Some women with early-stage cervical cancer can be safely treated with a less invasive hysterectomy that has fewer complications, a new Canadian study says.

The current standard treatment is a radical hysterectomy, removing not only the uterus and cervix, but also surrounding tissues and up to one-third of the vagina, said senior author Dr. Lois Shepherd, a professor of pathology and molecular medicine at Queen's University in Kingston, Ont.

But the researchers found that women who had a “simple” hysterectomy -where surrounding tissues and most of the vagina were left intact - were at no higher risk of cancer recurring in the pelvic area after three years than those who had a radical hysterectomy.

“(The study has) established an option for women with early-stage, low-risk cervical cancer that's a lot less intrusive or invasive, with fewer side-effects,” said Shepherd in an interview on Wednesday.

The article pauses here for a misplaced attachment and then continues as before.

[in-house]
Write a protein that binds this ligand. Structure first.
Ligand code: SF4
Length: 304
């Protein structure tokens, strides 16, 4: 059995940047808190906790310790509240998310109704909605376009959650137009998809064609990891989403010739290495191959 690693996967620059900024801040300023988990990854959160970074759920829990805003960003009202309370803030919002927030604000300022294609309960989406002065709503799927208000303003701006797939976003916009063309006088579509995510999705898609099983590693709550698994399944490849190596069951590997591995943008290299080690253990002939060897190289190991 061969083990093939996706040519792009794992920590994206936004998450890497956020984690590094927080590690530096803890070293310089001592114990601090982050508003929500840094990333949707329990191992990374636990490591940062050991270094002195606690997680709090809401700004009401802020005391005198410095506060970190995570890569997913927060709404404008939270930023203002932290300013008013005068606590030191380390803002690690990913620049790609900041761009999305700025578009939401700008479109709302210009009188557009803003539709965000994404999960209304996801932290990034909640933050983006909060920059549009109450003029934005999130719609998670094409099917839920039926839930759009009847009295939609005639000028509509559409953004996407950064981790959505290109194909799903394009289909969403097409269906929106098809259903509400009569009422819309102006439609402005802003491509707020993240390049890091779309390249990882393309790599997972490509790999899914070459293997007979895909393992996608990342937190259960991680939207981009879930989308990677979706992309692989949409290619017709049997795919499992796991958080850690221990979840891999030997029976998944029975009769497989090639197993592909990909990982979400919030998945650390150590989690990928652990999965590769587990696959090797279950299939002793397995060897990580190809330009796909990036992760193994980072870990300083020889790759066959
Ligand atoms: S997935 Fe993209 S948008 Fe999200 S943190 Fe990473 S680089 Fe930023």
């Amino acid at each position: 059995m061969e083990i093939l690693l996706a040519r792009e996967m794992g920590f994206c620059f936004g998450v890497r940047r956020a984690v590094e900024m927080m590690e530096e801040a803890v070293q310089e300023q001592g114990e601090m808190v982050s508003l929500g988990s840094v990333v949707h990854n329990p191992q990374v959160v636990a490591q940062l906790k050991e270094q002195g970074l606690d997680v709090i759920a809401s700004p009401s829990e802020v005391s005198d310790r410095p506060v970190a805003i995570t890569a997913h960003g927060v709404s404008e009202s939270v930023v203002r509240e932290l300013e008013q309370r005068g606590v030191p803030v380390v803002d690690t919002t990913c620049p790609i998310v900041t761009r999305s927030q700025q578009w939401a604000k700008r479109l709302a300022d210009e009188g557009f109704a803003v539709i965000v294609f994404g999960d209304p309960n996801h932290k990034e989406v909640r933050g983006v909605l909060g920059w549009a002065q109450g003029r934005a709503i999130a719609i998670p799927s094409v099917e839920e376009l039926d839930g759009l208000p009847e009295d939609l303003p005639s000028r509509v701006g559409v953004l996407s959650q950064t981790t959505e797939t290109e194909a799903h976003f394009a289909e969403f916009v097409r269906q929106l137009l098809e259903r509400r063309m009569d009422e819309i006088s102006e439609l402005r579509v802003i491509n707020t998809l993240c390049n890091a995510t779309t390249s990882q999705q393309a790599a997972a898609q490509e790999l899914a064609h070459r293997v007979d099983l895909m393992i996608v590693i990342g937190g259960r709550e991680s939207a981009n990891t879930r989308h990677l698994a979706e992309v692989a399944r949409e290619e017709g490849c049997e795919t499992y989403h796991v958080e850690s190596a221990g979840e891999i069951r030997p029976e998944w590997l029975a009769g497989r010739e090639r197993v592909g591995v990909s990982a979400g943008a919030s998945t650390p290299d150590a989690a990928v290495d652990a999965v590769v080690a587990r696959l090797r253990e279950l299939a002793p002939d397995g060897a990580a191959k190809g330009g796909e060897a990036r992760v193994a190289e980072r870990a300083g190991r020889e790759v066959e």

Women who had a radical hysterectomy were more likely to have urinary incontinence and sexual side-effects after surgery, said the study published in the New England Journal of Medicine.

The simple hysterectomy should only be an option for cervical cancer patients who meet strict criteria, said lead author Dr. Marie Plante, a gynecologic oncologist at CHU de Quebec at Laval University.

The cancer must be at an early stage, with superficial lesions less than or equal to two centimetres. In addition, the lymph nodes must be free of cancer, Plante said.

“There's been a gradual sort of a trend whereby physicians have started to suggest less radical surgery based on retrospective data, if you will, that was accumulating suggesting that a simple hysterectomy might be fine (for those patients),” she said.

But their study, which is a randomized Phase 3 clinical trial, provides much more definitive evidence that the less invasive surgery is safe, Plante said.

Dr. Brent Jim, a gynecologic oncologist in Regina who was not involved in the study, said the new research is “practice changing.”

The availability of cervical cancer screening programs in Canada means a significant number of women are diagnosed in early stages and could then be eligible for the simple hysterectomy option, he said.

The study included 700 women from 12 different countries who had early-stage cervical cancer. More than a quarter of the participants were recruited in Canada.

This report by The Canadian Press was first published Feb. 28, 2024.